Ericka Samantha Teleg, MD

World Stroke Congress
October 28–29, 2021

Plenary Session: “Stroke in Low to Middle Income Countries”

While the landscape of stroke changes in terms of innovations, pathways and technology, there is a continuing increase of stroke burden in the low to middle income countries (LMICs). This session was moderated by Dr. Norlinah Ibrahim and Dr. Mayowa Owolabi.

Dr. Owolabi opened the discussion by giving an overview of the Lancet Commission in giving evidence-based recommendations that are pragmatic in nature extending to primary, secondary, and tertiary prevention, keeping in mind that these regions bear a burden due to limited resources. He emphasized the Stroke Quadrangle that includes epidemiological surveillance, acute care, rehabilitation, palliative care, health promotion, and disease prevention. He set the stage by reiterating that there is scarcity of funding for primary stroke prevention, particularly in LMICs. There is indeed an absence of an integrative approach. Regional and national differences in policymaking are also a variable. 

Dr. Nijasri Suwanwela, from Thailand, followed with her discussion on the “Changing of the World Landscape in Stroke Epidemiology.” She reiterated the dual burden of stroke. She also emphasized that stroke care is a continuum that begins with primary prevention, which must encompass public awareness even at an early age despite stroke being a disease of the elderly, as well as policy and promotion of a healthy lifestyle.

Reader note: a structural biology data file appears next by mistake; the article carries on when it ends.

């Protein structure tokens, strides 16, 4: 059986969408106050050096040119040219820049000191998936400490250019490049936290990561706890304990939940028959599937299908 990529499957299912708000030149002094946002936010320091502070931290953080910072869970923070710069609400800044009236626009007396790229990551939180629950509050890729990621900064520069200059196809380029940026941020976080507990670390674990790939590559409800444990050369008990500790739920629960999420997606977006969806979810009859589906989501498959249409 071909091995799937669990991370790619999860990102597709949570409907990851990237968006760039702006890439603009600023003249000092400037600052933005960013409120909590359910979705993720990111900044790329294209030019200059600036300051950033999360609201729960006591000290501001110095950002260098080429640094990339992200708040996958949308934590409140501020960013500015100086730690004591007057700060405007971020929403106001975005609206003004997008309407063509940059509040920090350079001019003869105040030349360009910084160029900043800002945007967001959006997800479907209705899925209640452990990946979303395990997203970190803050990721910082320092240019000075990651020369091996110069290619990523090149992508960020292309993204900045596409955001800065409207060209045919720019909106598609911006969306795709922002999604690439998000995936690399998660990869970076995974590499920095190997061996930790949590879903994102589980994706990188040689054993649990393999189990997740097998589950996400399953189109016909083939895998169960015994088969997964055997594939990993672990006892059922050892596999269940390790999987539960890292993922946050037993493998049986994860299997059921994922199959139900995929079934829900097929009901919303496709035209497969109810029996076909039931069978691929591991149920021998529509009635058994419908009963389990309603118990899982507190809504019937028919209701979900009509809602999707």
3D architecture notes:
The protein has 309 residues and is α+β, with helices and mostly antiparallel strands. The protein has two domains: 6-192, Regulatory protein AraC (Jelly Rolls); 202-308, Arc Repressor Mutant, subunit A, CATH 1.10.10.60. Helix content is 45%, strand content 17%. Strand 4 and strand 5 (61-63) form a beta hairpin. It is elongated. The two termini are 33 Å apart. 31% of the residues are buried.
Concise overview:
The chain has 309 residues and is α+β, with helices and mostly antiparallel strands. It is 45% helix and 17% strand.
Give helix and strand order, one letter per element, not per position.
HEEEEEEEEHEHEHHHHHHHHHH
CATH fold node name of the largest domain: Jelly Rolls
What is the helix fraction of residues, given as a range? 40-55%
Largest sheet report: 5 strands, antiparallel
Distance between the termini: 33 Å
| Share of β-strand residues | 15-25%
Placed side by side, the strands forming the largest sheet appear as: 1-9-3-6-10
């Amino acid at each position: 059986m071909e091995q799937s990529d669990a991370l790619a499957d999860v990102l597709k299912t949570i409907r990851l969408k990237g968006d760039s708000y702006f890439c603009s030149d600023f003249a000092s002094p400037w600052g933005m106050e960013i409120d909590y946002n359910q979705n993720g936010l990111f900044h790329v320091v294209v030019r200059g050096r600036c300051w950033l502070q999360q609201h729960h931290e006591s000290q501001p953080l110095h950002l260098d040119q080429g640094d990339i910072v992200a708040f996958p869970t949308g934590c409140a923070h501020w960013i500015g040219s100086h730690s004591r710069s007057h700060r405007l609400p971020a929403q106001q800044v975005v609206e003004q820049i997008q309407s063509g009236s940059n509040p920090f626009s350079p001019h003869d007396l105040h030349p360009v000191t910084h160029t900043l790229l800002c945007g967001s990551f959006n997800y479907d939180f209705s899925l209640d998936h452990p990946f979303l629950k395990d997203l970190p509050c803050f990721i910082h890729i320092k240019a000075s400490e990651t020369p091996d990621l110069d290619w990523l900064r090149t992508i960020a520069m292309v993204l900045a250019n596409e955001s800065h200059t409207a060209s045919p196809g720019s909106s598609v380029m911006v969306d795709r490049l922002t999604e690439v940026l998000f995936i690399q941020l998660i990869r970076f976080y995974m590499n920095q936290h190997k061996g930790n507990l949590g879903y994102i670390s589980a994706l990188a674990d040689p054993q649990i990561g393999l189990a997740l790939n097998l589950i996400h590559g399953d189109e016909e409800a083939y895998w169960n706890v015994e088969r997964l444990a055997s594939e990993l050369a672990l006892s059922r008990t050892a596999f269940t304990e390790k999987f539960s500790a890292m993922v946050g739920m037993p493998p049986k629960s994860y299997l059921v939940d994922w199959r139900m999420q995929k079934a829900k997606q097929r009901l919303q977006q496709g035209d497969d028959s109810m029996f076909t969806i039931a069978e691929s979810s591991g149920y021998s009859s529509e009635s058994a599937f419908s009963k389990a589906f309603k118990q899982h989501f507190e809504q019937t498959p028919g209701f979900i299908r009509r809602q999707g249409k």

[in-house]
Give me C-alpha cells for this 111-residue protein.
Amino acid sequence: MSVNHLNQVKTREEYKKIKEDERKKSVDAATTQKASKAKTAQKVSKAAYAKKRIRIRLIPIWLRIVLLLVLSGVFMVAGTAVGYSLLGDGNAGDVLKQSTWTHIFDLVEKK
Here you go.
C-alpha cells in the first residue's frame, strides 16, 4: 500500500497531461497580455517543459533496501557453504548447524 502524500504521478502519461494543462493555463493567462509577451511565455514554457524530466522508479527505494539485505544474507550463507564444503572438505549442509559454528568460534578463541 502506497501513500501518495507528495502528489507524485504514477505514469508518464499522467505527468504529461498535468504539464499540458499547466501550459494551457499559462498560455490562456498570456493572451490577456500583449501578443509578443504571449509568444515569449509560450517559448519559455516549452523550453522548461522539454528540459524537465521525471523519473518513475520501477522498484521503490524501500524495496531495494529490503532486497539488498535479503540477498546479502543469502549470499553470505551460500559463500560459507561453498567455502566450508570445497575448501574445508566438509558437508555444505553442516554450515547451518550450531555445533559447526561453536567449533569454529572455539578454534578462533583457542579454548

A second aspect of the continuum is primary prevention that includes risk assessment. Dr. Valery Feigin presented that a motivational approach can be implemented in this aspect. While each stroke landscape differs globally, Dr. Feigin encouraged adaptation of technology through Stroke Risk Assessment apps that may be applicable.

The difference in stroke landscape and applicability of strategies was shown in Dr. Jeyaraj Pandian’s talk in which he said that although some countries can do stroke pre-hospital care, in other regions, this is not possible. There are two components of analyzing barriers in stroke care; they include the patient component and the health care system component. The presence of stroke units, stroke neurologists, and more so, stroke interventionalists are among the elements that Dr. Pandian emphasized.

To change policy, there must be knowledge of the economic burden of stroke, presented by Dr. Ajay Mahal. He emphasized that there is an economic burden of stroke in the household, namely, there is loss of income, costs of living, and longer run burdens to disabled persons. As there is scarcity of medical costs data from low-income countries, there is insufficient data to calculate medical costs comparing high income countries versus LMICs. Loss of income from a stroke disability, in a household on the individual level, carries a fulminant impact and carries implications to the national cost, overall.

While we, overall, benefit from stroke innovations, with several paradigm-shifting trials and research in stroke care, LMICs experience allocation resource scarcity. This plenary session has prompted us to analyze the need to broaden our delivery of stroke health care to include LMICs.